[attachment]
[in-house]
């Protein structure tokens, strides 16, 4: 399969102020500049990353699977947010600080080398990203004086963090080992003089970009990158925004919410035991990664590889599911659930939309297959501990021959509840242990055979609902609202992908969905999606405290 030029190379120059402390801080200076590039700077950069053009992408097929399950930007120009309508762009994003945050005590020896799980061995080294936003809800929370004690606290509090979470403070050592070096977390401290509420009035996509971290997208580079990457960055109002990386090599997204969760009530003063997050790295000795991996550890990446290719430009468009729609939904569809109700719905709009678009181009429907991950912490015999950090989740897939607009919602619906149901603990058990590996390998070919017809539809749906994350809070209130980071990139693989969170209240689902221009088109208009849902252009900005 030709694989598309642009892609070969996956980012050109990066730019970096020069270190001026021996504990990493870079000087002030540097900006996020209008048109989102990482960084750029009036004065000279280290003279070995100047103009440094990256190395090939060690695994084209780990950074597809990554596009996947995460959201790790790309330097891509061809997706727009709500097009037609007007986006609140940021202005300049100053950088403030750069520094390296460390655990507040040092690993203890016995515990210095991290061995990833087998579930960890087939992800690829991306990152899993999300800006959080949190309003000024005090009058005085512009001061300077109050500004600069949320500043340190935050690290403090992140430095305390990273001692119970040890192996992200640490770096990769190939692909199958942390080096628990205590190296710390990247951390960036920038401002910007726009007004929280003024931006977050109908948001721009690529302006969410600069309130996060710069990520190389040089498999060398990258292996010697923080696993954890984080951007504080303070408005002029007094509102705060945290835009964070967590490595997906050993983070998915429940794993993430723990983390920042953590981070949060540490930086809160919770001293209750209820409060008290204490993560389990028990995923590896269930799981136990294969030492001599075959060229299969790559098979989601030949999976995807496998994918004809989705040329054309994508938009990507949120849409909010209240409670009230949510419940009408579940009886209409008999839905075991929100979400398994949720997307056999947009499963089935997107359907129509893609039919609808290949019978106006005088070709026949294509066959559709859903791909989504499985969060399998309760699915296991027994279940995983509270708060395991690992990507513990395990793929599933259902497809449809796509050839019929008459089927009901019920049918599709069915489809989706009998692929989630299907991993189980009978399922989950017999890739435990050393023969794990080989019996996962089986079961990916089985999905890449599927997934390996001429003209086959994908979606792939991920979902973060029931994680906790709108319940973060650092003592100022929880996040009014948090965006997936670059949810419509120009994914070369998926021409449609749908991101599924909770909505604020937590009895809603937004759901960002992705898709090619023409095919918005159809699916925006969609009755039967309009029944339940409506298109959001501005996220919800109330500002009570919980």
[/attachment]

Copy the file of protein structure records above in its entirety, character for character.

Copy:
[in-house]
């Protein structure tokens, strides 16, 4: 399969102020500049990353699977947010600080080398990203004086963090080992003089970009990158925004919410035991990664590889599911659930939309297959501990021959509840242990055979609902609202992908969905999606405290 030029190379120059402390801080200076590039700077950069053009992408097929399950930007120009309508762009994003945050005590020896799980061995080294936003809800929370004690606290509090979470403070050592070096977390401290509420009035996509971290997208580079990457960055109002990386090599997204969760009530003063997050790295000795991996550890990446290719430009468009729609939904569809109700719905709009678009181009429907991950912490015999950090989740897939607009919602619906149901603990058990590996390998070919017809539809749906994350809070209130980071990139693989969170209240689902221009088109208009849902252009900005 030709694989598309642009892609070969996956980012050109990066730019970096020069270190001026021996504990990493870079000087002030540097900006996020209008048109989102990482960084750029009036004065000279280290003279070995100047103009440094990256190395090939060690695994084209780990950074597809990554596009996947995460959201790790790309330097891509061809997706727009709500097009037609007007986006609140940021202005300049100053950088403030750069520094390296460390655990507040040092690993203890016995515990210095991290061995990833087998579930960890087939992800690829991306990152899993999300800006959080949190309003000024005090009058005085512009001061300077109050500004600069949320500043340190935050690290403090992140430095305390990273001692119970040890192996992200640490770096990769190939692909199958942390080096628990205590190296710390990247951390960036920038401002910007726009007004929280003024931006977050109908948001721009690529302006969410600069309130996060710069990520190389040089498999060398990258292996010697923080696993954890984080951007504080303070408005002029007094509102705060945290835009964070967590490595997906050993983070998915429940794993993430723990983390920042953590981070949060540490930086809160919770001293209750209820409060008290204490993560389990028990995923590896269930799981136990294969030492001599075959060229299969790559098979989601030949999976995807496998994918004809989705040329054309994508938009990507949120849409909010209240409670009230949510419940009408579940009886209409008999839905075991929100979400398994949720997307056999947009499963089935997107359907129509893609039919609808290949019978106006005088070709026949294509066959559709859903791909989504499985969060399998309760699915296991027994279940995983509270708060395991690992990507513990395990793929599933259902497809449809796509050839019929008459089927009901019920049918599709069915489809989706009998692929989630299907991993189980009978399922989950017999890739435990050393023969794990080989019996996962089986079961990916089985999905890449599927997934390996001429003209086959994908979606792939991920979902973060029931994680906790709108319940973060650092003592100022929880996040009014948090965006997936670059949810419509120009994914070369998926021409449609749908991101599924909770909505604020937590009895809603937004759901960002992705898709090619023409095919918005159809699916925006969609009755039967309009029944339940409506298109959001501005996220919800109330500002009570919980």